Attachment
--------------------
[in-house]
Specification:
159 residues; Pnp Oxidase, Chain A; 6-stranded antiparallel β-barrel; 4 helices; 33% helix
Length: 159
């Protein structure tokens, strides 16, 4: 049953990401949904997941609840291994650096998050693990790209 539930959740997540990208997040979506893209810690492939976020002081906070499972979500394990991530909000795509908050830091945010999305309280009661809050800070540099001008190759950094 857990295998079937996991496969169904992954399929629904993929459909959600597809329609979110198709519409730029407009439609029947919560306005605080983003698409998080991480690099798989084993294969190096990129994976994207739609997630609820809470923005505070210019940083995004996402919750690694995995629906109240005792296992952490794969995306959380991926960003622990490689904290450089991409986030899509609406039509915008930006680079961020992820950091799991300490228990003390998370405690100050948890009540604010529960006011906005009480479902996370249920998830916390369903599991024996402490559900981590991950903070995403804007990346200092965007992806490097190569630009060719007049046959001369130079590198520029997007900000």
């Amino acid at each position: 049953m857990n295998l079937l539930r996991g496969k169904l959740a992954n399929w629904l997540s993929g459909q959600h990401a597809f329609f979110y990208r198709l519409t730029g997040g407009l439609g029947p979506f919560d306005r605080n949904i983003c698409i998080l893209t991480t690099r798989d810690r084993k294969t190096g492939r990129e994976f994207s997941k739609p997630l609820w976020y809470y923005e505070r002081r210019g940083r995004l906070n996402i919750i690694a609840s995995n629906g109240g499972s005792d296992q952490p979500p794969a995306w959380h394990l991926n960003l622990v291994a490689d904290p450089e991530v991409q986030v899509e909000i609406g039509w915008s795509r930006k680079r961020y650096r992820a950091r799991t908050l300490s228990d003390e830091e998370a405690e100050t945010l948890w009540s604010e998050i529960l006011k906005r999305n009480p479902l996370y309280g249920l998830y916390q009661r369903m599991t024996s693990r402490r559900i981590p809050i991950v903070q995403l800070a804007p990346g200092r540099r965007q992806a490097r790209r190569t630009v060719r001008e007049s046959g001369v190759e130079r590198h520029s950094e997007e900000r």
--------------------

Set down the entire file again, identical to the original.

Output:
[in-house]
Specification:
159 residues; Pnp Oxidase, Chain A; 6-stranded antiparallel β-barrel; 4 helices; 33% helix
Length: 159
């Protein structure tokens, strides 16, 4: 049953990401949904997941609840291994650096998050693990790209 539930959740997540990208997040979506893209810690492939976020002081906070499972979500394990991530909000795509908050830091945010999305309280009661809050800070540099001008190759950094 857990295998079937996991496969169904992954399929629904993929459909959600597809329609979110198709519409730029407009439609029947919560306005605080983003698409998080991480690099798989084993294969190096990129994976994207739609997630609820809470923005505070210019940083995004996402919750690694995995629906109240005792296992952490794969995306959380991926960003622990490689904290450089991409986030899509609406039509915008930006680079961020992820950091799991300490228990003390998370405690100050948890009540604010529960006011906005009480479902996370249920998830916390369903599991024996402490559900981590991950903070995403804007990346200092965007992806490097190569630009060719007049046959001369130079590198520029997007900000």
């Amino acid at each position: 049953m857990n295998l079937l539930r996991g496969k169904l959740a992954n399929w629904l997540s993929g459909q959600h990401a597809f329609f979110y990208r198709l519409t730029g997040g407009l439609g029947p979506f919560d306005r605080n949904i983003c698409i998080l893209t991480t690099r798989d810690r084993k294969t190096g492939r990129e994976f994207s997941k739609p997630l609820w976020y809470y923005e505070r002081r210019g940083r995004l906070n996402i919750i690694a609840s995995n629906g109240g499972s005792d296992q952490p979500p794969a995306w959380h394990l991926n960003l622990v291994a490689d904290p450089e991530v991409q986030v899509e909000i609406g039509w915008s795509r930006k680079r961020y650096r992820a950091r799991t908050l300490s228990d003390e830091e998370a405690e100050t945010l948890w009540s604010e998050i529960l006011k906005r999305n009480p479902l996370y309280g249920l998830y916390q009661r369903m599991t024996s693990r402490r559900i981590p809050i991950v903070q995403l800070a804007p990346g200092r540099r965007q992806a490097r790209r190569t630009v060719r001008e007049s046959g001369v190759e130079r590198h520029s950094e997007e900000r």